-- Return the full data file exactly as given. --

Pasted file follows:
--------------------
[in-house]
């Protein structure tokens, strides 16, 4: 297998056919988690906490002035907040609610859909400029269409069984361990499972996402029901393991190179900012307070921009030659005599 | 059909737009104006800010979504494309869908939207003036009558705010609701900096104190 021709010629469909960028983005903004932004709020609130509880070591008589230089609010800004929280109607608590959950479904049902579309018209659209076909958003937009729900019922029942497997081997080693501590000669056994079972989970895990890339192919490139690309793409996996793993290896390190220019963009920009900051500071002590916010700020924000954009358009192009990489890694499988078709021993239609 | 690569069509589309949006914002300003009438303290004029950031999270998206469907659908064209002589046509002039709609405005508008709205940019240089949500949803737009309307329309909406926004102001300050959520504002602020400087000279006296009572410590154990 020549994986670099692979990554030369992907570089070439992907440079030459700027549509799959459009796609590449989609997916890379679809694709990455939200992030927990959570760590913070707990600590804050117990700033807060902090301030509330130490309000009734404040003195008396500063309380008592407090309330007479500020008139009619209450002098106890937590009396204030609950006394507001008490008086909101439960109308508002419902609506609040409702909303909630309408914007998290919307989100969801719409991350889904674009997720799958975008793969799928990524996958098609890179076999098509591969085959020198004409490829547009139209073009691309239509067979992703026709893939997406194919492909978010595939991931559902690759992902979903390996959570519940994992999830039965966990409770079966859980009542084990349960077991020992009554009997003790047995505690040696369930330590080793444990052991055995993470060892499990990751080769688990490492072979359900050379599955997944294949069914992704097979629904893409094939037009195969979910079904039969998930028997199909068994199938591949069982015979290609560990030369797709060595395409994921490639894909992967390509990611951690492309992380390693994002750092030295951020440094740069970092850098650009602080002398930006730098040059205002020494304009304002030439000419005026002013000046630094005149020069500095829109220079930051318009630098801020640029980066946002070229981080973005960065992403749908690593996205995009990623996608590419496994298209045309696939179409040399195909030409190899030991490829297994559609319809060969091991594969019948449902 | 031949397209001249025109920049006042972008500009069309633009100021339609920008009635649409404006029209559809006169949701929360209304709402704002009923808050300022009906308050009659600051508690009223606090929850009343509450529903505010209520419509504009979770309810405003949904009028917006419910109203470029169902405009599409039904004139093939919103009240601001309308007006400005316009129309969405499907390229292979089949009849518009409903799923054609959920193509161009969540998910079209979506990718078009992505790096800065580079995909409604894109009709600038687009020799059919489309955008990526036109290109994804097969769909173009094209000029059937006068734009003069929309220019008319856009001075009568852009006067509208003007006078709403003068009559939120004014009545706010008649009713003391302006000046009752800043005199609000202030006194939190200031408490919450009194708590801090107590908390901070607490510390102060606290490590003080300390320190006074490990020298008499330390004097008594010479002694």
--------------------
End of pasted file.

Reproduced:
[in-house]
């Protein structure tokens, strides 16, 4: 297998056919988690906490002035907040609610859909400029269409069984361990499972996402029901393991190179900012307070921009030659005599 | 059909737009104006800010979504494309869908939207003036009558705010609701900096104190 021709010629469909960028983005903004932004709020609130509880070591008589230089609010800004929280109607608590959950479904049902579309018209659209076909958003937009729900019922029942497997081997080693501590000669056994079972989970895990890339192919490139690309793409996996793993290896390190220019963009920009900051500071002590916010700020924000954009358009192009990489890694499988078709021993239609 | 690569069509589309949006914002300003009438303290004029950031999270998206469907659908064209002589046509002039709609405005508008709205940019240089949500949803737009309307329309909406926004102001300050959520504002602020400087000279006296009572410590154990 020549994986670099692979990554030369992907570089070439992907440079030459700027549509799959459009796609590449989609997916890379679809694709990455939200992030927990959570760590913070707990600590804050117990700033807060902090301030509330130490309000009734404040003195008396500063309380008592407090309330007479500020008139009619209450002098106890937590009396204030609950006394507001008490008086909101439960109308508002419902609506609040409702909303909630309408914007998290919307989100969801719409991350889904674009997720799958975008793969799928990524996958098609890179076999098509591969085959020198004409490829547009139209073009691309239509067979992703026709893939997406194919492909978010595939991931559902690759992902979903390996959570519940994992999830039965966990409770079966859980009542084990349960077991020992009554009997003790047995505690040696369930330590080793444990052991055995993470060892499990990751080769688990490492072979359900050379599955997944294949069914992704097979629904893409094939037009195969979910079904039969998930028997199909068994199938591949069982015979290609560990030369797709060595395409994921490639894909992967390509990611951690492309992380390693994002750092030295951020440094740069970092850098650009602080002398930006730098040059205002020494304009304002030439000419005026002013000046630094005149020069500095829109220079930051318009630098801020640029980066946002070229981080973005960065992403749908690593996205995009990623996608590419496994298209045309696939179409040399195909030409190899030991490829297994559609319809060969091991594969019948449902 | 031949397209001249025109920049006042972008500009069309633009100021339609920008009635649409404006029209559809006169949701929360209304709402704002009923808050300022009906308050009659600051508690009223606090929850009343509450529903505010209520419509504009979770309810405003949904009028917006419910109203470029169902405009599409039904004139093939919103009240601001309308007006400005316009129309969405499907390229292979089949009849518009409903799923054609959920193509161009969540998910079209979506990718078009992505790096800065580079995909409604894109009709600038687009020799059919489309955008990526036109290109994804097969769909173009094209000029059937006068734009003069929309220019008319856009001075009568852009006067509208003007006078709403003068009559939120004014009545706010008649009713003391302006000046009752800043005199609000202030006194939190200031408490919450009194708590801090107590908390901070607490510390102060606290490590003080300390320190006074490990020298008499330390004097008594010479002694």